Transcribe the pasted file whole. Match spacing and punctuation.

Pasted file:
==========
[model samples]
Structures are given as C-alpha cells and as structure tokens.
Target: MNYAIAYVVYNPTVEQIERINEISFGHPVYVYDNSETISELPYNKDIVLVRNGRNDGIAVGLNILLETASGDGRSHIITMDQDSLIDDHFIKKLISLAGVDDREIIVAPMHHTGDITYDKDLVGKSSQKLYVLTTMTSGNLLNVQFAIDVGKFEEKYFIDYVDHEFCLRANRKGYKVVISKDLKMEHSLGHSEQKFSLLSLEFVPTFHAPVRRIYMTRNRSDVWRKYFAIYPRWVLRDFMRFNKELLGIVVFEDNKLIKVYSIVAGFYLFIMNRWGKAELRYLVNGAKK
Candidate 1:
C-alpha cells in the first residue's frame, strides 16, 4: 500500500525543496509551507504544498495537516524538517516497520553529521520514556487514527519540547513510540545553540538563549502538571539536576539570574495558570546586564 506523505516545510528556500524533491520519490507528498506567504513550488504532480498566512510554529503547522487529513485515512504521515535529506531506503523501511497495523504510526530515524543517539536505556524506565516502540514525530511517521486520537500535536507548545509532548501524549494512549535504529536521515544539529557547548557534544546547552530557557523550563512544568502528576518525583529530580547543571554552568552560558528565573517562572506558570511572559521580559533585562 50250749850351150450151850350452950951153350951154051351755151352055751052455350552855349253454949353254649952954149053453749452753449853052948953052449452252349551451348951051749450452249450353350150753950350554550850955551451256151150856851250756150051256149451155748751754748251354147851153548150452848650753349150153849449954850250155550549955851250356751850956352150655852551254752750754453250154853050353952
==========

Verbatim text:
[model samples]
Structures are given as C-alpha cells and as structure tokens.
Target: MNYAIAYVVYNPTVEQIERINEISFGHPVYVYDNSETISELPYNKDIVLVRNGRNDGIAVGLNILLETASGDGRSHIITMDQDSLIDDHFIKKLISLAGVDDREIIVAPMHHTGDITYDKDLVGKSSQKLYVLTTMTSGNLLNVQFAIDVGKFEEKYFIDYVDHEFCLRANRKGYKVVISKDLKMEHSLGHSEQKFSLLSLEFVPTFHAPVRRIYMTRNRSDVWRKYFAIYPRWVLRDFMRFNKELLGIVVFEDNKLIKVYSIVAGFYLFIMNRWGKAELRYLVNGAKK
Candidate 1:
C-alpha cells in the first residue's frame, strides 16, 4: 500500500525543496509551507504544498495537516524538517516497520553529521520514556487514527519540547513510540545553540538563549502538571539536576539570574495558570546586564 506523505516545510528556500524533491520519490507528498506567504513550488504532480498566512510554529503547522487529513485515512504521515535529506531506503523501511497495523504510526530515524543517539536505556524506565516502540514525530511517521486520537500535536507548545509532548501524549494512549535504529536521515544539529557547548557534544546547552530557557523550563512544568502528576518525583529530580547543571554552568552560558528565573517562572506558570511572559521580559533585562 50250749850351150450151850350452950951153350951154051351755151352055751052455350552855349253454949353254649952954149053453749452753449853052948953052449452252349551451348951051749450452249450353350150753950350554550850955551451256151150856851250756150051256149451155748751754748251354147851153548150452848650753349150153849449954850250155550549955851250356751850956352150655852551254752750754453250154853050353952